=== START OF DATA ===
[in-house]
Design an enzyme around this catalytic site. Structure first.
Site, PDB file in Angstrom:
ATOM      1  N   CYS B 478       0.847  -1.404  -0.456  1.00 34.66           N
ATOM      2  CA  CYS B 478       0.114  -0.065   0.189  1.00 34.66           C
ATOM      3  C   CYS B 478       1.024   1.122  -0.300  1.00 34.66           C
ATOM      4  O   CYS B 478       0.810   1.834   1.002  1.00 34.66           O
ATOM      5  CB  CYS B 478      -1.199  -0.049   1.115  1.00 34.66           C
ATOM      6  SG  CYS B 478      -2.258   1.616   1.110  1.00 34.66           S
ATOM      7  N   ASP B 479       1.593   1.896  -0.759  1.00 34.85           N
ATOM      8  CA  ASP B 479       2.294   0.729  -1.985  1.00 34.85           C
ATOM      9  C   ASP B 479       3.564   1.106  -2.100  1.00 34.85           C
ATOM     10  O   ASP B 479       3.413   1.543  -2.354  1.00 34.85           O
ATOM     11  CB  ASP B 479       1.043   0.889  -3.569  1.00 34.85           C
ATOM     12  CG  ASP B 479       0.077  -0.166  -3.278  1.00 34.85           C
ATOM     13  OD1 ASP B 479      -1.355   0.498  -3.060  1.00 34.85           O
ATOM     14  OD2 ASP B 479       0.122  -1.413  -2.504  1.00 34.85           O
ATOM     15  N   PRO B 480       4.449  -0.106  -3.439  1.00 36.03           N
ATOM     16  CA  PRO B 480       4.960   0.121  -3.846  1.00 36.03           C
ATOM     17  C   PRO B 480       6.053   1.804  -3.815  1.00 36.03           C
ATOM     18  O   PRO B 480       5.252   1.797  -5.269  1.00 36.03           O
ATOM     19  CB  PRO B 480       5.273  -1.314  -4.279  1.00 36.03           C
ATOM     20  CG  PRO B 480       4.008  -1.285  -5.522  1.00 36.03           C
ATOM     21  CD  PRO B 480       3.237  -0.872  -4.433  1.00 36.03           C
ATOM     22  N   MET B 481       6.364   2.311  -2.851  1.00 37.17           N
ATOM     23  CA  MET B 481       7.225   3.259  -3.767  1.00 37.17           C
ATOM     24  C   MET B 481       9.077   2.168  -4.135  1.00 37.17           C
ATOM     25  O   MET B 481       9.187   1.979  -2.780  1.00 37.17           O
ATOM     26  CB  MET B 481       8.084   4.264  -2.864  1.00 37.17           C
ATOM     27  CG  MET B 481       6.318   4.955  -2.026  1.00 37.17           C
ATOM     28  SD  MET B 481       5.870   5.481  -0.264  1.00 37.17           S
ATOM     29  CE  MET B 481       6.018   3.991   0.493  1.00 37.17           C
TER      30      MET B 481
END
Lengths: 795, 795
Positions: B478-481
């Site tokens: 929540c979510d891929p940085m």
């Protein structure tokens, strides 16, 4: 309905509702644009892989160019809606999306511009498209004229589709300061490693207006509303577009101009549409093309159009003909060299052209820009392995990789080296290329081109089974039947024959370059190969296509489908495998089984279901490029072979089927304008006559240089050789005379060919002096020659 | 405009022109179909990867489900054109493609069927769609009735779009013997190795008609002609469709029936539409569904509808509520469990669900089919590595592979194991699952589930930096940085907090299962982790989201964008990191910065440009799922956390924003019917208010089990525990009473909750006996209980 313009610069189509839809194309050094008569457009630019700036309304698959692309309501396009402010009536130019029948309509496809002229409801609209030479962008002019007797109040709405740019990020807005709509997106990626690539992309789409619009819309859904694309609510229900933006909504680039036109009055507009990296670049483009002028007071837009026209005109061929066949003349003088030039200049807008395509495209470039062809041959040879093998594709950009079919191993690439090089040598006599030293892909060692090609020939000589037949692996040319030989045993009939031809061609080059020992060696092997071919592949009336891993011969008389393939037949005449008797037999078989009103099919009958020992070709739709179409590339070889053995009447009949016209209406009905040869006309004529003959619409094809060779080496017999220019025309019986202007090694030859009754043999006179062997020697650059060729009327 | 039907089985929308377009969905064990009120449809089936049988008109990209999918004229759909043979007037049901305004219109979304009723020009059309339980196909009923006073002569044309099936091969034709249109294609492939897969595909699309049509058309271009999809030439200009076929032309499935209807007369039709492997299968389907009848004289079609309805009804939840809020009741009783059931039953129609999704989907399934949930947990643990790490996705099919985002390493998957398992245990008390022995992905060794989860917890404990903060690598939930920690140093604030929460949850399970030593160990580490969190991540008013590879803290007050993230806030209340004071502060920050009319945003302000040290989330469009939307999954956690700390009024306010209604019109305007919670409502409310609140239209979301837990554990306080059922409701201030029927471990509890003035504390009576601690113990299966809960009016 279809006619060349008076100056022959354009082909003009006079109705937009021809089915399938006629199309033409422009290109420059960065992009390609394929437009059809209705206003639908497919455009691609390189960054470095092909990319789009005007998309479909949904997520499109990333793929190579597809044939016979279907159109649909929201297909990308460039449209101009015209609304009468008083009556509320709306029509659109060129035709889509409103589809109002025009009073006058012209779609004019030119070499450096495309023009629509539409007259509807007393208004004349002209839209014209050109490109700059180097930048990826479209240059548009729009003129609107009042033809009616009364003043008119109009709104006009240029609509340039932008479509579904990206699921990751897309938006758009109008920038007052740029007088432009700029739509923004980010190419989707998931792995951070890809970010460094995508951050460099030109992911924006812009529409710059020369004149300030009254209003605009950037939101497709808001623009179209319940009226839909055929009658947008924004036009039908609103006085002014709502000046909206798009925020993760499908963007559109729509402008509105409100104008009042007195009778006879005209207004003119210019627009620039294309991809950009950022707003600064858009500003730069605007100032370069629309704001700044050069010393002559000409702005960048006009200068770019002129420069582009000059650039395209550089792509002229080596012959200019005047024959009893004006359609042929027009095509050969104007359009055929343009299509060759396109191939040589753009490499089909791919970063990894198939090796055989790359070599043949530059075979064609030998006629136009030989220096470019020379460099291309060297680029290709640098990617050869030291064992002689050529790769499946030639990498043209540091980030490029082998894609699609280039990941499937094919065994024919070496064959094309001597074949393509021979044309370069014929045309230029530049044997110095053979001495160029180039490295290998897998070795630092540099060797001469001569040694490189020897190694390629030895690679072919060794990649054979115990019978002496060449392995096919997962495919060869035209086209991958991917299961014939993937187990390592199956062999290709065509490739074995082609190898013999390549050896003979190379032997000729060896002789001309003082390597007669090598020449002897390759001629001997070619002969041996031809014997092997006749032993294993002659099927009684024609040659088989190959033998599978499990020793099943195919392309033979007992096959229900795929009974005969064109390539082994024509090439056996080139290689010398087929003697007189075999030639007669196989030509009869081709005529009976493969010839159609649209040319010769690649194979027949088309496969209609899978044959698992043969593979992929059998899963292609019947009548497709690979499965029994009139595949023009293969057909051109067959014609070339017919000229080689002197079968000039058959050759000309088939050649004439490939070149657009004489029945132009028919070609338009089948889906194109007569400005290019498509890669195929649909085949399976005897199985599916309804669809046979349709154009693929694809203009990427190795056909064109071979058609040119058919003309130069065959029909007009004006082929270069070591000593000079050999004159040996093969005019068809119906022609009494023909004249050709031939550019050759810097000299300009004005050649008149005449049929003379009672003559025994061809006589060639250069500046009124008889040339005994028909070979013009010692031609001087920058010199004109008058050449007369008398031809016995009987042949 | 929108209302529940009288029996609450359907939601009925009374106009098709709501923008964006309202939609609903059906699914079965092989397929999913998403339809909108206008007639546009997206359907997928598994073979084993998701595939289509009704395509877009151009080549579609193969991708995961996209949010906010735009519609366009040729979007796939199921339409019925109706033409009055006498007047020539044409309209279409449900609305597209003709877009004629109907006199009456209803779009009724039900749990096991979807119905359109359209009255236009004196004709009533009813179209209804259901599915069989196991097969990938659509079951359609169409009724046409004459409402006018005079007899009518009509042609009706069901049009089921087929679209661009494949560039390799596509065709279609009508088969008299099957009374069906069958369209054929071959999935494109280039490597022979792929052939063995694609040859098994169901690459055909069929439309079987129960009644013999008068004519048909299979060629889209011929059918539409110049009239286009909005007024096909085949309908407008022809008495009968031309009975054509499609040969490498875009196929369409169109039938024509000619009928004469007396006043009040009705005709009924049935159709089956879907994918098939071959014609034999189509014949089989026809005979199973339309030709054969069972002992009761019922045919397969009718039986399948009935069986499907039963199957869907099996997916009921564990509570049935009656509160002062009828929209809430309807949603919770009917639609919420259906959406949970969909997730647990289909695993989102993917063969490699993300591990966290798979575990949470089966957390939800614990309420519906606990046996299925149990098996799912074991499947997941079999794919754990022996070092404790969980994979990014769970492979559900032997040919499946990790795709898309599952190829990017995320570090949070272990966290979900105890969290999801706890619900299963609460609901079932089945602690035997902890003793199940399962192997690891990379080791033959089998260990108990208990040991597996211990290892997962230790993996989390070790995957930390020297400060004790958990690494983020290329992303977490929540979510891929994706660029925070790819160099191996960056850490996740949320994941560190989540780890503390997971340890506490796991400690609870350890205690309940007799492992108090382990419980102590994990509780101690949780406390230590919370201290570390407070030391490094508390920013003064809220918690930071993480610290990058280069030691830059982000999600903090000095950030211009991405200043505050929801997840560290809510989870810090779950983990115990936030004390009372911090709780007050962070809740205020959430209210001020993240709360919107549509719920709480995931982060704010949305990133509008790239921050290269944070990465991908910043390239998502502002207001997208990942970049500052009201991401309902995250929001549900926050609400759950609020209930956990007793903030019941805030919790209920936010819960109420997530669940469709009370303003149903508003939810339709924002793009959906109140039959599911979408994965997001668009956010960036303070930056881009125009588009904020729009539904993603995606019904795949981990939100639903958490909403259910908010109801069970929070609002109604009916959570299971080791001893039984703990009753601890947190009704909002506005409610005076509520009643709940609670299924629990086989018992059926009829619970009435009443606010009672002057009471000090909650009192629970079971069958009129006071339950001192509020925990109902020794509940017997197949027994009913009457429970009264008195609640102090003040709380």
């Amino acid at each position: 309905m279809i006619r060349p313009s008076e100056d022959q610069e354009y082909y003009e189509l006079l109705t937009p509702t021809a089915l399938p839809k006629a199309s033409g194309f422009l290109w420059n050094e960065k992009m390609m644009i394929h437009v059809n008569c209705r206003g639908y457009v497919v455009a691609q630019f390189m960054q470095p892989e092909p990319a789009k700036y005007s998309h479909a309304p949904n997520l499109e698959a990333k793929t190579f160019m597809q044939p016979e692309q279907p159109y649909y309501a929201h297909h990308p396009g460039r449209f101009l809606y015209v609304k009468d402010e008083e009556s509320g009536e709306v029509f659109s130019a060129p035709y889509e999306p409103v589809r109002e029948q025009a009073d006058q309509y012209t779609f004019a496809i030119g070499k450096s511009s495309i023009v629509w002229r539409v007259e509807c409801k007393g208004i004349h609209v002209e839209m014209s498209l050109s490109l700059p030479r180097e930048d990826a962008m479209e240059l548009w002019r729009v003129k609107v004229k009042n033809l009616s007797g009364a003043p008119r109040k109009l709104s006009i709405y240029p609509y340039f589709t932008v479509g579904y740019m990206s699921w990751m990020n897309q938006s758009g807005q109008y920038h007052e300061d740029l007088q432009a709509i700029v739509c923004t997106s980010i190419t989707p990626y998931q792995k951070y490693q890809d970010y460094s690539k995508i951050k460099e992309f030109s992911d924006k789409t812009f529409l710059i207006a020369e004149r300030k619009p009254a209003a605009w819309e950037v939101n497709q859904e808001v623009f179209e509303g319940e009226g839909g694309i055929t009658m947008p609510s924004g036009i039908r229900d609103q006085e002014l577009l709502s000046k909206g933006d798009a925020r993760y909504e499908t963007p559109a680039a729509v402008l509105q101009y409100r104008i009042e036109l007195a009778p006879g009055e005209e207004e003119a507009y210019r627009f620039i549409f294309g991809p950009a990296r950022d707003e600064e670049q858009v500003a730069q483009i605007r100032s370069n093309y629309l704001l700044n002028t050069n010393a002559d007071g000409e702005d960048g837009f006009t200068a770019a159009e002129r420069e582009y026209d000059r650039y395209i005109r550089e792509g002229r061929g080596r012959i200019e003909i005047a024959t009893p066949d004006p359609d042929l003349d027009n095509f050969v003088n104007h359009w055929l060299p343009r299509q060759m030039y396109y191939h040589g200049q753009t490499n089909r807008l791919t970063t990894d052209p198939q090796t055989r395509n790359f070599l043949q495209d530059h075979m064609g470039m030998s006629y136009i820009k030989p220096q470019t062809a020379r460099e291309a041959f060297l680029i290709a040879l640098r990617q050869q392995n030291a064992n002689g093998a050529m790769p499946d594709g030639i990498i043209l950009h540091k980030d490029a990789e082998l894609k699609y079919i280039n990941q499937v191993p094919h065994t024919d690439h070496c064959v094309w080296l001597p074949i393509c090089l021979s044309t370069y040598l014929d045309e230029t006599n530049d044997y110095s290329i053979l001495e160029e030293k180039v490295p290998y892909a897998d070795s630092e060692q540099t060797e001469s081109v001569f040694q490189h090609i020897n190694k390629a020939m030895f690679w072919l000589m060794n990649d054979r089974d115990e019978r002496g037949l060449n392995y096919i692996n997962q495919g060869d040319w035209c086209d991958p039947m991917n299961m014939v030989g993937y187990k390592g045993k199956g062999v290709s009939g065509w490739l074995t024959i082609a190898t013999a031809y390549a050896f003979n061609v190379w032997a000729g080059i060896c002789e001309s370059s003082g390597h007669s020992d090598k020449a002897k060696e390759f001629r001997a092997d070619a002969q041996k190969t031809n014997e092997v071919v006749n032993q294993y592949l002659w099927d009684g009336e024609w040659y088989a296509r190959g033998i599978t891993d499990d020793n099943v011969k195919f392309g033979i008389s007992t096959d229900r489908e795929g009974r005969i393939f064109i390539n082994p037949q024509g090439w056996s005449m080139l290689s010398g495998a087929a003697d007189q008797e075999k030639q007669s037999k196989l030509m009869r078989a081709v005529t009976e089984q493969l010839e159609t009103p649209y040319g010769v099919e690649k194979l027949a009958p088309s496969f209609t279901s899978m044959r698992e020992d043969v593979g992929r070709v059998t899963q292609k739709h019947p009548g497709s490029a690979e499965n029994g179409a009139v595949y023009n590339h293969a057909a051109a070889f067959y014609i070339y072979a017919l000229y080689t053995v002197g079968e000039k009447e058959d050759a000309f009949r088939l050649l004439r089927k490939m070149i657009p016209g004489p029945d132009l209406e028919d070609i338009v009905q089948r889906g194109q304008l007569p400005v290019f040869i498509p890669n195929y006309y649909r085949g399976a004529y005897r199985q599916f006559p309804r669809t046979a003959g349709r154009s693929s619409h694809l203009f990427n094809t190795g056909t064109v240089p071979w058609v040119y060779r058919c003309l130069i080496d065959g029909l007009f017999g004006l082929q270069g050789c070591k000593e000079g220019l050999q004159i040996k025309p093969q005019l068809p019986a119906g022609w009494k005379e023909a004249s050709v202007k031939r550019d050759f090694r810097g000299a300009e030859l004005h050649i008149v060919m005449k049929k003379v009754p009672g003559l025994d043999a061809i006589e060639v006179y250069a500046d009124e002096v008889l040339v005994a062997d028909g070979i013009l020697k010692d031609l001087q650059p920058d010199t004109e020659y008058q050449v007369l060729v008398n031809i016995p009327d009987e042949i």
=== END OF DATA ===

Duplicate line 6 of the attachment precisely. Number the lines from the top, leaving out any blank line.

ATOM      3  C   CYS B 478       1.024   1.122  -0.300  1.00 34.66           C